June 6, 2011
Transaction Analysis Blog
Gordon Arrives, Kouzmanoff Departs
Sizemore was acquired just a week and a half ago from the Tigers and is now on his way to being the Athletics everyday third baseman. Kevin Goldstein wrote then that scouts still believe in Sizemore’s bat and his ability to make it in the majors and there is no time like the present to test their evaluations out. It doesn’t hurt that between Toledo and Sacramento Sizemore has hit .368/.485/.557 in 135 plate appearances. Hitting in Triple-A isn’t always a harbinger of future big league success, but sometimes it is.
As for Kouzmanoff, you have to wonder what went wrong. He hit .263/.309/.436 during his Padres career, but only mustered .242/.279/.387 for the Athletics. Maybe he was done in by American League pitching or the more spacious foul grounds at the newly named O.co Coliseum. Whatever happened, the Kouzmanoff the Athletics got was not the Kouzmanoff the Athletics desired.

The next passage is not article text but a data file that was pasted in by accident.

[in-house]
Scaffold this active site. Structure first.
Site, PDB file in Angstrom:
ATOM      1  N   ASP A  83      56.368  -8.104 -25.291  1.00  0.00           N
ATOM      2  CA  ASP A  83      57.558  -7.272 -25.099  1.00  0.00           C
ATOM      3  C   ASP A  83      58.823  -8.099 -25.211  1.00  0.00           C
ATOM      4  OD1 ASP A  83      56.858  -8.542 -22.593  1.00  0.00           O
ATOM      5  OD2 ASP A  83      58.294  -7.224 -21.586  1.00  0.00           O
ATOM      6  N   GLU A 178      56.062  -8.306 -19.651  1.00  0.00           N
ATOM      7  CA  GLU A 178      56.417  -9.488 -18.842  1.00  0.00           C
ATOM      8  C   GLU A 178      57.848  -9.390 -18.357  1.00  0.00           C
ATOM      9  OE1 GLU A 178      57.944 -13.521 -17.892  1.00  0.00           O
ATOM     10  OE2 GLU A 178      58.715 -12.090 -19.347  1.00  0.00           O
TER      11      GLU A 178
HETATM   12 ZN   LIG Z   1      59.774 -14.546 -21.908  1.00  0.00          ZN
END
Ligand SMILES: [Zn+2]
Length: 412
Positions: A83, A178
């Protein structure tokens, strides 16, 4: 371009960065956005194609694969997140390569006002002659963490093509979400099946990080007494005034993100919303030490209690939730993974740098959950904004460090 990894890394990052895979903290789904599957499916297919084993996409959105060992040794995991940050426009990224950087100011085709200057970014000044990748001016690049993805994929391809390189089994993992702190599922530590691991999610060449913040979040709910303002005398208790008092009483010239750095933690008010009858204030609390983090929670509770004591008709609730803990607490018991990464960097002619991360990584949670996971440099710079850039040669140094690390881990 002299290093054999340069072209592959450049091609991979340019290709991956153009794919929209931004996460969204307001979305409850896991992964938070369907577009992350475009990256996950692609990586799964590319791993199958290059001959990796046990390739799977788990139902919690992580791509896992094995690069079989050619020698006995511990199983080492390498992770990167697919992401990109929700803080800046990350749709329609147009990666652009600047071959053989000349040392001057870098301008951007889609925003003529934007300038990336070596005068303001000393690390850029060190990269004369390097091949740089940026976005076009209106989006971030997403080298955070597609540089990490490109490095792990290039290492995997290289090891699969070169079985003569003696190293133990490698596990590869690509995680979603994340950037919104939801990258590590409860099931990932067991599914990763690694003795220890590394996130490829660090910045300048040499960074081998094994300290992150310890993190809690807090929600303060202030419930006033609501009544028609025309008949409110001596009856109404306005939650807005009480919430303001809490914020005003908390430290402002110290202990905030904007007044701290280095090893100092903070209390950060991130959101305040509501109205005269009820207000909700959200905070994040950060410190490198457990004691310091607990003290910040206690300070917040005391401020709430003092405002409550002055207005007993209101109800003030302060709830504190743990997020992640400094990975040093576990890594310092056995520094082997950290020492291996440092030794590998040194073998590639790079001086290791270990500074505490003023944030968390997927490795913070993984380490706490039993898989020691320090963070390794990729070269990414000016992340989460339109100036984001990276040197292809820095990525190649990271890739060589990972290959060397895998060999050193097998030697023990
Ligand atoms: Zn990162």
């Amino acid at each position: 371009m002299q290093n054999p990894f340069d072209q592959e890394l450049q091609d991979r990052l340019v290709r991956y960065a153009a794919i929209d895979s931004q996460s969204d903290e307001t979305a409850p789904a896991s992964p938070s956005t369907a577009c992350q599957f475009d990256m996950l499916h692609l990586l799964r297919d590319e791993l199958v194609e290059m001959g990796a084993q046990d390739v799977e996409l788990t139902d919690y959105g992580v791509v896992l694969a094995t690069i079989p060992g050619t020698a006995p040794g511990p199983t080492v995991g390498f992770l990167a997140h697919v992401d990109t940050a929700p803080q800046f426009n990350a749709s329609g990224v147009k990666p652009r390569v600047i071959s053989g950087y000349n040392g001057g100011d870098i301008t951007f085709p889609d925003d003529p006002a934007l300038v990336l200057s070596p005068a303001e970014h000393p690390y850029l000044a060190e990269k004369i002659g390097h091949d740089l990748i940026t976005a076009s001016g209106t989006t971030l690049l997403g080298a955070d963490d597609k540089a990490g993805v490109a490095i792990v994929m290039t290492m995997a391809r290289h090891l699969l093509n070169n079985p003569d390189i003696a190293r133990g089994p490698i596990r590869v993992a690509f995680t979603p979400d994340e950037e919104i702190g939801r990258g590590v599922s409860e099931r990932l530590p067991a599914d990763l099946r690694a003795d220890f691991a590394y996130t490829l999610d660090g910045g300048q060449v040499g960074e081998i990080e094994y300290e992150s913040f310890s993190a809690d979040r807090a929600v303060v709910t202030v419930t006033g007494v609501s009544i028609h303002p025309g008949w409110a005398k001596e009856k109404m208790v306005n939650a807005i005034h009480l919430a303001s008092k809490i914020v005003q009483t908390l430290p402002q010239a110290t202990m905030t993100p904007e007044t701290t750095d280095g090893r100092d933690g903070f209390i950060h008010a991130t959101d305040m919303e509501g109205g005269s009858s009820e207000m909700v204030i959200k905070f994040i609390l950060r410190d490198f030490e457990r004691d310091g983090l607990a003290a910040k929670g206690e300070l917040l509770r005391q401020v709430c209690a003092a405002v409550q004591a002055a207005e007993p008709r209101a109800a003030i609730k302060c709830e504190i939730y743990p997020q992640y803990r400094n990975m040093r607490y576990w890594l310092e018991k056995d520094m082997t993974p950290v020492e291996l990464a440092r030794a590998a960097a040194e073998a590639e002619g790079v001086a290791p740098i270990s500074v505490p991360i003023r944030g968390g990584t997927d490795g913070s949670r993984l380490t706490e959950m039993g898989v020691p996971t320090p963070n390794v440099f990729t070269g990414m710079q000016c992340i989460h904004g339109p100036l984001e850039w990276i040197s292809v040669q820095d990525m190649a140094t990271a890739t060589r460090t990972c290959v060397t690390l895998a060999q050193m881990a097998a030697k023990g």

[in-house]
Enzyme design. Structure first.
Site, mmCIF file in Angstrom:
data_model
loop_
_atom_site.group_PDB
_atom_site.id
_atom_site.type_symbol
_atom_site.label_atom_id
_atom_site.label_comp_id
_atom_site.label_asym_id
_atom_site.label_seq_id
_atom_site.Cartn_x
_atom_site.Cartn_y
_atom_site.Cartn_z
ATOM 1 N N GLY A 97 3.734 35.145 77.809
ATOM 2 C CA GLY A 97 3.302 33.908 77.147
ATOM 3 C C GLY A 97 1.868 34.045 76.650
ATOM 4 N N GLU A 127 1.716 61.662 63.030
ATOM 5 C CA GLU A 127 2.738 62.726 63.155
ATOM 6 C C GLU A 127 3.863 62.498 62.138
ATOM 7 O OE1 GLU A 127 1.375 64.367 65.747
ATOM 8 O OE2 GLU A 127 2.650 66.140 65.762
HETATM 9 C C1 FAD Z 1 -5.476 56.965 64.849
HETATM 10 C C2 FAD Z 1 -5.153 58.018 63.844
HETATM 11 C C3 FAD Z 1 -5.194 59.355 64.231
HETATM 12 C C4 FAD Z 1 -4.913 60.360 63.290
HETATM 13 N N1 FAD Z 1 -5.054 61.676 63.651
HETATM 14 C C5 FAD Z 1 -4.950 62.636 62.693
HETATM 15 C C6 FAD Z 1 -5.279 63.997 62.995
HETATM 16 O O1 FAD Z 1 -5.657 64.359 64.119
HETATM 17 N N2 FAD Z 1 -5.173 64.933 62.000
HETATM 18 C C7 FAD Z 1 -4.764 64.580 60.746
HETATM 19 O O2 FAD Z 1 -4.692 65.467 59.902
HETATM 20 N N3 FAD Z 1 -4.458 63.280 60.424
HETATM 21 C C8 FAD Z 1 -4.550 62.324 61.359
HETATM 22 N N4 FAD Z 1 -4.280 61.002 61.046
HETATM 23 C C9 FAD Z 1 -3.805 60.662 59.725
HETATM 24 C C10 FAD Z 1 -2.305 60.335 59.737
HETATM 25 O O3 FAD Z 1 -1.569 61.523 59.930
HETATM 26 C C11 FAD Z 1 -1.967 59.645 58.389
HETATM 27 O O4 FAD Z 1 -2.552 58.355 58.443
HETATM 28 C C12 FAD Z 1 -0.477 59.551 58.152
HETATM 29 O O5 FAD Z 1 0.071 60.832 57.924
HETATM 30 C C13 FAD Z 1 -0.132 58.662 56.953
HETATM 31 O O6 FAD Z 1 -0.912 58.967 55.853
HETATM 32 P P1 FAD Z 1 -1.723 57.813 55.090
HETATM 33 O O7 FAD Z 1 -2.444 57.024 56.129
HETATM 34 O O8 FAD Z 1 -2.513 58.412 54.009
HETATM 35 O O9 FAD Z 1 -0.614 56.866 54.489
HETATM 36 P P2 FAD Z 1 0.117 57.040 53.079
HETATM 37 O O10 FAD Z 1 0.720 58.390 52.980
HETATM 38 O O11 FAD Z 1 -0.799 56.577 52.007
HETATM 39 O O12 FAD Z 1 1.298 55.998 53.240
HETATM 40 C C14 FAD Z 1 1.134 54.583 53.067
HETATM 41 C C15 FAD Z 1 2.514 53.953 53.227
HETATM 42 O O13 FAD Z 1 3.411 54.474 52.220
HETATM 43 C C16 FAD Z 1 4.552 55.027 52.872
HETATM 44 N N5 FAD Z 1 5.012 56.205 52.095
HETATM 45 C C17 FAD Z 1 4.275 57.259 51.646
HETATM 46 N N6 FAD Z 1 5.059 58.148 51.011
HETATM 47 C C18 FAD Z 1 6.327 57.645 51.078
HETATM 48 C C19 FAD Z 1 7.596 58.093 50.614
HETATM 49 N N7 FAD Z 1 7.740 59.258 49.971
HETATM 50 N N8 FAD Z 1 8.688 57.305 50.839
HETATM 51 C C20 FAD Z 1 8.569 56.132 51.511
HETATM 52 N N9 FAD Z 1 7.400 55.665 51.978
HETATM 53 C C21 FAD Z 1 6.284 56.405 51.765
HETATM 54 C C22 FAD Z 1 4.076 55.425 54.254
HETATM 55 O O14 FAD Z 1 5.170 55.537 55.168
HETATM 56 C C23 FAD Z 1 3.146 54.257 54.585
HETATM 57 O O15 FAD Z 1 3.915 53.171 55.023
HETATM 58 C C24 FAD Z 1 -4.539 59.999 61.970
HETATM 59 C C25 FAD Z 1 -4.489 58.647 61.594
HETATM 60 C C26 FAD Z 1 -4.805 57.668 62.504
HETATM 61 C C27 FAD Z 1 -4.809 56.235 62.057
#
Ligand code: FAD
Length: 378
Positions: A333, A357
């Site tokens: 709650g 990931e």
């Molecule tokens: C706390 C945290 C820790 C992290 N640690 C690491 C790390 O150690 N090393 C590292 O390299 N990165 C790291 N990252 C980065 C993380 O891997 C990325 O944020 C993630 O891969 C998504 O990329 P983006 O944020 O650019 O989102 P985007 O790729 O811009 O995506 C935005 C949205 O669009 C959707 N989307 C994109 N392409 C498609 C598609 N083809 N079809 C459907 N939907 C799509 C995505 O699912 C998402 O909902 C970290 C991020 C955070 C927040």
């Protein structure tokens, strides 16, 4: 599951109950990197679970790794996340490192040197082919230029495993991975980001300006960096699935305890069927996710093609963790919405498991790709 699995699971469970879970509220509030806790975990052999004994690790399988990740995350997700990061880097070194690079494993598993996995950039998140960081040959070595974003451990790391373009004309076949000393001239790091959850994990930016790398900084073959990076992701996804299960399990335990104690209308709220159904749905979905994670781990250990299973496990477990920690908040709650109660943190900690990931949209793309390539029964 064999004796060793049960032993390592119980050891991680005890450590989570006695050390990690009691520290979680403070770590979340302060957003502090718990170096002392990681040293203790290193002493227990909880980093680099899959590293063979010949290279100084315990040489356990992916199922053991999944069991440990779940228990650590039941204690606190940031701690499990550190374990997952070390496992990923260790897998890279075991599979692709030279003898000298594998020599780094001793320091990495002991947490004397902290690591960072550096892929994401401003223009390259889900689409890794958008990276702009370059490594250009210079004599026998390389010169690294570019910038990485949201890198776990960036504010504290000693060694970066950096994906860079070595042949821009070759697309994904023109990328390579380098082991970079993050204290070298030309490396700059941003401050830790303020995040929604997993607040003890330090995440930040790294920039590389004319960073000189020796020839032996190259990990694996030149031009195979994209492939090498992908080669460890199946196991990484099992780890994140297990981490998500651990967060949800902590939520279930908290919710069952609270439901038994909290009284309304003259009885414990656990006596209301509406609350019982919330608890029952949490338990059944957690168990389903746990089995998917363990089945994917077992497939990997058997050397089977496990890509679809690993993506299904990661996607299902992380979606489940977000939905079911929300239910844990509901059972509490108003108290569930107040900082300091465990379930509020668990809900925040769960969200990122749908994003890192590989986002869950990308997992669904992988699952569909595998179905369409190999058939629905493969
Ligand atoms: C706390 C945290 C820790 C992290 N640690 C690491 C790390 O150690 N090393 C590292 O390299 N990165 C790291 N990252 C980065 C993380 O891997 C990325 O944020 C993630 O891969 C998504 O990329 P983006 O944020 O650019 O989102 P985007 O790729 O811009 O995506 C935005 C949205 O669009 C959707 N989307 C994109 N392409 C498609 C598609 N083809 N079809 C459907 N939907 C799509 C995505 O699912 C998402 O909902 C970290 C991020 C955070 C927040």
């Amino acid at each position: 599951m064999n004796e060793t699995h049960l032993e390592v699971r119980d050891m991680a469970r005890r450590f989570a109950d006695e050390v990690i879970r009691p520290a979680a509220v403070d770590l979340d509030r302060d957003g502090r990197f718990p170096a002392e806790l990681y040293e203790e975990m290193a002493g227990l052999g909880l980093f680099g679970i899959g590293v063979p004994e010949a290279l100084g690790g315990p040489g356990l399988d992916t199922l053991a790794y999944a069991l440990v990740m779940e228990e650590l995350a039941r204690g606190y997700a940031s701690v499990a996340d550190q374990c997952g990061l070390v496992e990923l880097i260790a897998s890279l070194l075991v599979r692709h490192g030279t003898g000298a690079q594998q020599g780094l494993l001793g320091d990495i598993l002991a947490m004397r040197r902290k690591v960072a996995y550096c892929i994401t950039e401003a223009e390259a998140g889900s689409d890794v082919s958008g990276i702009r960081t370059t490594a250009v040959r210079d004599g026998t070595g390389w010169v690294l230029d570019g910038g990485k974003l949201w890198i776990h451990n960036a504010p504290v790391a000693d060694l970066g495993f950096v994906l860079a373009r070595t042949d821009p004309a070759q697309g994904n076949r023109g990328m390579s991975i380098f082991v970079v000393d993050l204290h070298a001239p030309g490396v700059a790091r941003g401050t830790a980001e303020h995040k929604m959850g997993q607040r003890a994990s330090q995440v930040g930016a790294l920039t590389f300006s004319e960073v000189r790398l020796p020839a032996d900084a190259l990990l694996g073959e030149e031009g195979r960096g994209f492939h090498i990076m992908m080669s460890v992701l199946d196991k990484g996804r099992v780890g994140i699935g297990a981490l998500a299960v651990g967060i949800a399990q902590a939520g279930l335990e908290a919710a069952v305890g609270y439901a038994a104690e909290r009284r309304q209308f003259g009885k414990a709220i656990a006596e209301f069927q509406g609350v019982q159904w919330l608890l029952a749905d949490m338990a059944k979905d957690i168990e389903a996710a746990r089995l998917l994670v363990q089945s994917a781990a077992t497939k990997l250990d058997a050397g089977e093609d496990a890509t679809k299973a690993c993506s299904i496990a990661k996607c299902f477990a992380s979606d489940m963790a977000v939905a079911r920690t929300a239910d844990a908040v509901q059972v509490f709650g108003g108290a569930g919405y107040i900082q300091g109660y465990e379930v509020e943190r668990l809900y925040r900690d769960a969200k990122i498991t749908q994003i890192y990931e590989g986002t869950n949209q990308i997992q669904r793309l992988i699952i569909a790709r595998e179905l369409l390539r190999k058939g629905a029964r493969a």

Los Angeles Dodgers
Today might be draft day, but the Dodgers are using it as packing day too.
Gibbons is the most relevant of the departed. He made his return to the majors in 2010 after missing the 2008 and 2009 seasons and going on a journeyman trip through various independent, winter league, and minor league assignments to reach the show once again. In 80 plate appearances, he hit .280/.313/.507 and secured a spot on the 2011 roster. Sadly, Gibbons encountered vision problems in his left eye that caused him to miss the first month of the season. Gibbons returned in early May, but hit only .255/.323/.345 in 62 plate appearances before the Dodgers were ready to move on.
Meanwhile, Gordon is the hottest of the arrivals. Kevin Goldstein ranked Gordon as the third-best prospect in the system, and suggested a perfect world outcome includes Gordon becoming an everyday starter with a high batting average. For those who haven’t viewed Gordon before, keep a close eye on him. Otherwise, his ridiculous foot speed may cause you to lose sight of him. Gordon experienced Triple-A for the first time in 2011 and hit .315/.361/.370 with 22 steals in 25 attempts.
Because Gordon started playing baseball late in his high school days, his development is behind those who are normally his age. There is an argument to be made that Gordon could use more time in the minors, but the Dodgers apparently think otherwise.